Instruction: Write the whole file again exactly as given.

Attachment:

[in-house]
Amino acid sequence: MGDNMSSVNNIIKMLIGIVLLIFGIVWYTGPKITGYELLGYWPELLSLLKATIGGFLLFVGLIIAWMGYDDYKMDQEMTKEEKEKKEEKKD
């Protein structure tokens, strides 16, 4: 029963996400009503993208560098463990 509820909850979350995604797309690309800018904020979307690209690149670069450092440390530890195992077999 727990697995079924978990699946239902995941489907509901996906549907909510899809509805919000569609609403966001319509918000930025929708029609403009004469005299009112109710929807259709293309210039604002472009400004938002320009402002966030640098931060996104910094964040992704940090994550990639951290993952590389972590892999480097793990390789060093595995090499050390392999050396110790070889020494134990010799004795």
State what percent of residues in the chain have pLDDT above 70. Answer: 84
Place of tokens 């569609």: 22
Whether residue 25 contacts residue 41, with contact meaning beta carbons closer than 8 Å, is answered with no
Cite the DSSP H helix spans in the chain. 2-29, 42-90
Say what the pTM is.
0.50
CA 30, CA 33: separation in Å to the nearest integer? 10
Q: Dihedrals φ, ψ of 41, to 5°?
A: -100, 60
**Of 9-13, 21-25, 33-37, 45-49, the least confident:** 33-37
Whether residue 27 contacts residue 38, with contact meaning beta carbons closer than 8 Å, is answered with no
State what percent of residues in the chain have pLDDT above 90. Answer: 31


[in-house]
Amino acid sequence: MGDNMSSVNNIIKMLIGIVLLIFGIVWYTGPKITGYELLGYWPELLSLLKATIGGFLLFVGLIIAWMGYDDYKMDQEMTKEEKEKKEEKKD
């Protein structure tokens, strides 16, 4: 029963996400009503993208560098463990 509820909850979350995604797309690309800018904020979307690209690149670069450092440390530890195992077999 727990697995079924978990699946239902995941489907509901996906549907909510899809509805919000569609609403966001319509918000930025929708029609403009004469005299009112109710929807259709293309210039604002472009400004938002320009402002966030640098931060996104910094964040992704940090994550990639951290993952590389972590892999480097793990390789060093595995090499050390392999050396110790070889020494134990010799004795």
State what percent of residues in the chain have pLDDT above 70. Answer: 84
Place of tokens 């569609």: 22
Whether residue 25 contacts residue 41, with contact meaning beta carbons closer than 8 Å, is answered with no
Cite the DSSP H helix spans in the chain. 2-29, 42-90
Say what the pTM is.
0.50
CA 30, CA 33: separation in Å to the nearest integer? 10
Q: Dihedrals φ, ψ of 41, to 5°?
A: -100, 60
**Of 9-13, 21-25, 33-37, 45-49, the least confident:** 33-37
Whether residue 27 contacts residue 38, with contact meaning beta carbons closer than 8 Å, is answered with no
State what percent of residues in the chain have pLDDT above 90. Answer: 31